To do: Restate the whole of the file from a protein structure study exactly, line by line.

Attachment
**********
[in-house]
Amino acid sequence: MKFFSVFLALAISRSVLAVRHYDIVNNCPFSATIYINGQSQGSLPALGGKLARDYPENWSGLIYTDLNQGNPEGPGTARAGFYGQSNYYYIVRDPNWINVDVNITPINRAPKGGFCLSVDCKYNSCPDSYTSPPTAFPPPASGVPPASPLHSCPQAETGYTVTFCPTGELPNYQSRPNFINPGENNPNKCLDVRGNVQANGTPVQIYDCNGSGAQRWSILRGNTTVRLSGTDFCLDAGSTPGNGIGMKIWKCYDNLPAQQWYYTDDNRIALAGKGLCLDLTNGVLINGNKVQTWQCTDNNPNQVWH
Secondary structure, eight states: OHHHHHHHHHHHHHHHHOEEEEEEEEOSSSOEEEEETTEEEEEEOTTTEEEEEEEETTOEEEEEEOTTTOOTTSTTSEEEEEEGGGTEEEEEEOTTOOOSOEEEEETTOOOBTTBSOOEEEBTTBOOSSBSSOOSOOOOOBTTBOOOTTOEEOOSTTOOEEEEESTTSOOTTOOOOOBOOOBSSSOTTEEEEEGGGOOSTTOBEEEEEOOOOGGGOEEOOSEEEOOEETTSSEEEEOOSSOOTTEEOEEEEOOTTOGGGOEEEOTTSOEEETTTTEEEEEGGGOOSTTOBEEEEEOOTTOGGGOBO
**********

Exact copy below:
[in-house]
Amino acid sequence: MKFFSVFLALAISRSVLAVRHYDIVNNCPFSATIYINGQSQGSLPALGGKLARDYPENWSGLIYTDLNQGNPEGPGTARAGFYGQSNYYYIVRDPNWINVDVNITPINRAPKGGFCLSVDCKYNSCPDSYTSPPTAFPPPASGVPPASPLHSCPQAETGYTVTFCPTGELPNYQSRPNFINPGENNPNKCLDVRGNVQANGTPVQIYDCNGSGAQRWSILRGNTTVRLSGTDFCLDAGSTPGNGIGMKIWKCYDNLPAQQWYYTDDNRIALAGKGLCLDLTNGVLINGNKVQTWQCTDNNPNQVWH
Secondary structure, eight states: OHHHHHHHHHHHHHHHHOEEEEEEEEOSSSOEEEEETTEEEEEEOTTTEEEEEEEETTOEEEEEEOTTTOOTTSTTSEEEEEEGGGTEEEEEEOTTOOOSOEEEEETTOOOBTTBSOOEEEBTTBOOSSBSSOOSOOOOOBTTBOOOTTOEEOOSTTOOEEEEESTTSOOTTOOOOOBOOOBSSSOTTEEEEEGGGOOSTTOBEEEEEOOOOGGGOEEOOSEEEOOEETTSSEEEEOOSSOOTTEEOEEEEOOTTOGGGOEEEOTTSOEEETTTTEEEEEGGGOOSTTOBEEEEEOOTTOGGGOBO